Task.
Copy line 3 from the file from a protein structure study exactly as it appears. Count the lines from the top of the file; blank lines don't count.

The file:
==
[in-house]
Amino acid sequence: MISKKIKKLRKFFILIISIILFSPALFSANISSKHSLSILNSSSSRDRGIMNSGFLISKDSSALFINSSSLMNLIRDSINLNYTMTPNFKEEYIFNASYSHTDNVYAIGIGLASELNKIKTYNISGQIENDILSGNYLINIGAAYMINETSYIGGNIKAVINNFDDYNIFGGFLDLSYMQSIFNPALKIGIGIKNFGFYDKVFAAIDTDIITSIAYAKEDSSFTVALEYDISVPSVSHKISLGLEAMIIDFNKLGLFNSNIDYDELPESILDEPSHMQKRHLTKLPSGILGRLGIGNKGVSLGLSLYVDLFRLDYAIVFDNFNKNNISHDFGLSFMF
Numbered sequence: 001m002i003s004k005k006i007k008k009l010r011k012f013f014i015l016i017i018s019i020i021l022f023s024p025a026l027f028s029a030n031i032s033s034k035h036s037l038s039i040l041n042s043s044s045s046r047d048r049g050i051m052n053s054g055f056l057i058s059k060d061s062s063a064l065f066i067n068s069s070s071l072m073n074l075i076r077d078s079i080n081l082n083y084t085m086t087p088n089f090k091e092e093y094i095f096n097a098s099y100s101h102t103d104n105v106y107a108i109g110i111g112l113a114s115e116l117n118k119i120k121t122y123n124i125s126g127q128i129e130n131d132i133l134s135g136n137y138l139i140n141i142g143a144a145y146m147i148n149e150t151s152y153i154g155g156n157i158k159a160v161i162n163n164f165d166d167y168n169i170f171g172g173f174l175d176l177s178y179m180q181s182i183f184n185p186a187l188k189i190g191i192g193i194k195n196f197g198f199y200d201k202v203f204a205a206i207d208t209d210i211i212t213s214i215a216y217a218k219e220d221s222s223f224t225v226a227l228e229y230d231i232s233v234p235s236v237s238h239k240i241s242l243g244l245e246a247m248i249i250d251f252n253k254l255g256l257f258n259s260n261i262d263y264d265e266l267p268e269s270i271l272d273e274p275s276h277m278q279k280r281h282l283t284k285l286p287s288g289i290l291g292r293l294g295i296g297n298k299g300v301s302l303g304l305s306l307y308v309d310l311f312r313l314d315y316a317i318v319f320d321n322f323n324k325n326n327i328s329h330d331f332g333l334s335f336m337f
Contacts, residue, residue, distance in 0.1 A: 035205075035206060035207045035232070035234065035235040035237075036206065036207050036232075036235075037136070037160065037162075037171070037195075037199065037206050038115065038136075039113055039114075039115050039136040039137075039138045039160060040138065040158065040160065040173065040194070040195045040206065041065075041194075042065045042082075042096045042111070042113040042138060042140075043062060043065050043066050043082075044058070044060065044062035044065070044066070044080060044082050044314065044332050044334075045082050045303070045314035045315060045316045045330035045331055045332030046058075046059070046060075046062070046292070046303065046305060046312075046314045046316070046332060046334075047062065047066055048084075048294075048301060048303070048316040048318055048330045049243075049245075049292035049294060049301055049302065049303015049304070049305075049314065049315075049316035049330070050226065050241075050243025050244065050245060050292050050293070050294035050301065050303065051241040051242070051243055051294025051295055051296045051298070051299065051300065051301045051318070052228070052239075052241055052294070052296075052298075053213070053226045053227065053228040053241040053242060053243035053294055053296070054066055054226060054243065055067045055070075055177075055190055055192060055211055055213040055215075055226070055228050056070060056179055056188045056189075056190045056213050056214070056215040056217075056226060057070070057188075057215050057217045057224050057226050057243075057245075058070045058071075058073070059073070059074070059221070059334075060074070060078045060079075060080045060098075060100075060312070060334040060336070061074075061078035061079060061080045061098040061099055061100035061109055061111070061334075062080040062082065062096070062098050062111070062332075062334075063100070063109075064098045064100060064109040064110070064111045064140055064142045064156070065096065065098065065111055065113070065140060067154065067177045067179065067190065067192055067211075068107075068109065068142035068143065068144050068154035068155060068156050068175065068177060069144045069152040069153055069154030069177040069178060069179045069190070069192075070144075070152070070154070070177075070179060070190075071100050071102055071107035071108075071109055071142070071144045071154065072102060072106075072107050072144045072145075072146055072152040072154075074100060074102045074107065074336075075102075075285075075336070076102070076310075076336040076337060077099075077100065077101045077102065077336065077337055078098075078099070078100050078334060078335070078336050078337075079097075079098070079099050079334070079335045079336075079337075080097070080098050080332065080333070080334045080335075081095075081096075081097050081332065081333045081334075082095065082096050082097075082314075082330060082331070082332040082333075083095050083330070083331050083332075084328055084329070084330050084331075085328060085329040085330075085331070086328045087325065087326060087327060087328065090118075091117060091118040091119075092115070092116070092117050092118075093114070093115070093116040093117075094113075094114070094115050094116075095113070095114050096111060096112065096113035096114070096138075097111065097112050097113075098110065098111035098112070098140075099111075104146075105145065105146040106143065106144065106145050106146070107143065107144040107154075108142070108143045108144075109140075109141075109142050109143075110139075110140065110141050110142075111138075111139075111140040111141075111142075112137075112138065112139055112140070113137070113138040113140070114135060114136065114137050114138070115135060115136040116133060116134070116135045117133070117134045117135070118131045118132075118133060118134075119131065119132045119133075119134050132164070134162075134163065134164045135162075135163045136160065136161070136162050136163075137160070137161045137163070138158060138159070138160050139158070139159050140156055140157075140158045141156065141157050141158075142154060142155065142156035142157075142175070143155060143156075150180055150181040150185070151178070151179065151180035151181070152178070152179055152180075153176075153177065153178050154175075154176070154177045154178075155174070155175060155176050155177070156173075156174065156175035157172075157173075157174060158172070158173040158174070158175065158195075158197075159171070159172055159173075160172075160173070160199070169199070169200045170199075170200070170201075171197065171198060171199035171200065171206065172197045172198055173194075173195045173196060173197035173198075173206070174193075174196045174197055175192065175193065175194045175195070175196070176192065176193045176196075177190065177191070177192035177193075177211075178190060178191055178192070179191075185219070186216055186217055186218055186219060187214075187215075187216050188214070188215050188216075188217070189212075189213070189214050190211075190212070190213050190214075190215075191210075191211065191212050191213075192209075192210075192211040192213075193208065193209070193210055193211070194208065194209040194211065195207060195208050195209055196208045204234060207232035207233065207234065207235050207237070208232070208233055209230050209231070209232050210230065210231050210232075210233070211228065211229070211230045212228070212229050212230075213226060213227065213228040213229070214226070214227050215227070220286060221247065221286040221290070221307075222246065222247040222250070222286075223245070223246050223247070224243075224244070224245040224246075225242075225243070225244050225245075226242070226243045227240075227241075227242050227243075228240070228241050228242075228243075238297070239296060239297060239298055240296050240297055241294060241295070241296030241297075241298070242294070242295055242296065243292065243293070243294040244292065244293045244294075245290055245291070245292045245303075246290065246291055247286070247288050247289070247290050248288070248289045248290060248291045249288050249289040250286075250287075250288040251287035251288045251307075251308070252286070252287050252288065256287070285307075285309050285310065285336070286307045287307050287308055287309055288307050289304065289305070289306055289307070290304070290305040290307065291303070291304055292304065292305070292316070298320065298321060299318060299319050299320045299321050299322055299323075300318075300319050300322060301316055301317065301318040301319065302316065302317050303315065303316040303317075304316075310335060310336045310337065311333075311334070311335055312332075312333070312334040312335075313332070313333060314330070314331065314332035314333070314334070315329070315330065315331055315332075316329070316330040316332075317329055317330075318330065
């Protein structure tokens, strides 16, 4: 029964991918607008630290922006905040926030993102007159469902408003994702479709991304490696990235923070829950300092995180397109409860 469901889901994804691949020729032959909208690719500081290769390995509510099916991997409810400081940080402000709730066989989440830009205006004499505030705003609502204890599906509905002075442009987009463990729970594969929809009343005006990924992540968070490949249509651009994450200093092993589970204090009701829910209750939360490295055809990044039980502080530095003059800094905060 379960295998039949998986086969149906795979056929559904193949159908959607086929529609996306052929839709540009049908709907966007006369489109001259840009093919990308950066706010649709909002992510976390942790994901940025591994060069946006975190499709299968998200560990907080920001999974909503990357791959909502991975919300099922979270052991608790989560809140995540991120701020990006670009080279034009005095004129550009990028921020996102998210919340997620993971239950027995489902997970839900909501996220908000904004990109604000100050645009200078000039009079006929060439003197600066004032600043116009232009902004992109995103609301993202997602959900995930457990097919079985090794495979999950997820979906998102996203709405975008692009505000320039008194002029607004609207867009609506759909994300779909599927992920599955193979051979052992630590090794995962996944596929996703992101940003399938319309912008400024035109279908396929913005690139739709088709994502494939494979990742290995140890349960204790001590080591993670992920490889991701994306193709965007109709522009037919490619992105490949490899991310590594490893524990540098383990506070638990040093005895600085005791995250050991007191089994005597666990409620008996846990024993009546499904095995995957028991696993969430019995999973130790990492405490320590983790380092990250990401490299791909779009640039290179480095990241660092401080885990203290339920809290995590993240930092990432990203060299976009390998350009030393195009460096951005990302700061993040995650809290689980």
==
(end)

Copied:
Numbered sequence: 001m002i003s004k005k006i007k008k009l010r011k012f013f014i015l016i017i018s019i020i021l022f023s024p025a026l027f028s029a030n031i032s033s034k035h036s037l038s039i040l041n042s043s044s045s046r047d048r049g050i051m052n053s054g055f056l057i058s059k060d061s062s063a064l065f066i067n068s069s070s071l072m073n074l075i076r077d078s079i080n081l082n083y084t085m086t087p088n089f090k091e092e093y094i095f096n097a098s099y100s101h102t103d104n105v106y107a108i109g110i111g112l113a114s115e116l117n118k119i120k121t122y123n124i125s126g127q128i129e130n131d132i133l134s135g136n137y138l139i140n141i142g143a144a145y146m147i148n149e150t151s152y153i154g155g156n157i158k159a160v161i162n163n164f165d166d167y168n169i170f171g172g173f174l175d176l177s178y179m180q181s182i183f184n185p186a187l188k189i190g191i192g193i194k195n196f197g198f199y200d201k202v203f204a205a206i207d208t209d210i211i212t213s214i215a216y217a218k219e220d221s222s223f224t225v226a227l228e229y230d231i232s233v234p235s236v237s238h239k240i241s242l243g244l245e246a247m248i249i250d251f252n253k254l255g256l257f258n259s260n261i262d263y264d265e266l267p268e269s270i271l272d273e274p275s276h277m278q279k280r281h282l283t284k285l286p287s288g289i290l291g292r293l294g295i296g297n298k299g300v301s302l303g304l305s306l307y308v309d310l311f312r313l314d315y316a317i318v319f320d321n322f323n324k325n326n327i328s329h330d331f332g333l334s335f336m337f